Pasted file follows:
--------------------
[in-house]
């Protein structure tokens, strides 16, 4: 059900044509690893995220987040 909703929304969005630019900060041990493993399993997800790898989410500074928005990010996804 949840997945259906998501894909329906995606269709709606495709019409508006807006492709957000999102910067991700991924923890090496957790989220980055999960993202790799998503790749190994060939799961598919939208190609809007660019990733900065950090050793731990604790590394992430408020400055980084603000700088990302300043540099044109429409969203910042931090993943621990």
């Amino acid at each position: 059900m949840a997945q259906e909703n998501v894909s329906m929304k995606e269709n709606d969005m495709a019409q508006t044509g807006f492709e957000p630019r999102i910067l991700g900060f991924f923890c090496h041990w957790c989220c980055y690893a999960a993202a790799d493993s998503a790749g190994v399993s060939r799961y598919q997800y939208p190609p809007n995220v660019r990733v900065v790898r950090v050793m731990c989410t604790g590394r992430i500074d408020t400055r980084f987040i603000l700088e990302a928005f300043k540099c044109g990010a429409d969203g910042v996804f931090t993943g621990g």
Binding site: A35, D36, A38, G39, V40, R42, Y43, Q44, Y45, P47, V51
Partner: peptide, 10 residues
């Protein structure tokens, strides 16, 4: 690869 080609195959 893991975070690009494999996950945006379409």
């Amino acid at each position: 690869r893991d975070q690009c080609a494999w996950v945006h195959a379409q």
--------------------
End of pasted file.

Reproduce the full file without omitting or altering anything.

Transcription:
[in-house]
């Protein structure tokens, strides 16, 4: 059900044509690893995220987040 909703929304969005630019900060041990493993399993997800790898989410500074928005990010996804 949840997945259906998501894909329906995606269709709606495709019409508006807006492709957000999102910067991700991924923890090496957790989220980055999960993202790799998503790749190994060939799961598919939208190609809007660019990733900065950090050793731990604790590394992430408020400055980084603000700088990302300043540099044109429409969203910042931090993943621990």
């Amino acid at each position: 059900m949840a997945q259906e909703n998501v894909s329906m929304k995606e269709n709606d969005m495709a019409q508006t044509g807006f492709e957000p630019r999102i910067l991700g900060f991924f923890c090496h041990w957790c989220c980055y690893a999960a993202a790799d493993s998503a790749g190994v399993s060939r799961y598919q997800y939208p190609p809007n995220v660019r990733v900065v790898r950090v050793m731990c989410t604790g590394r992430i500074d408020t400055r980084f987040i603000l700088e990302a928005f300043k540099c044109g990010a429409d969203g910042v996804f931090t993943g621990g």
Binding site: A35, D36, A38, G39, V40, R42, Y43, Q44, Y45, P47, V51
Partner: peptide, 10 residues
């Protein structure tokens, strides 16, 4: 690869 080609195959 893991975070690009494999996950945006379409």
């Amino acid at each position: 690869r893991d975070q690009c080609a494999w996950v945006h195959a379409q």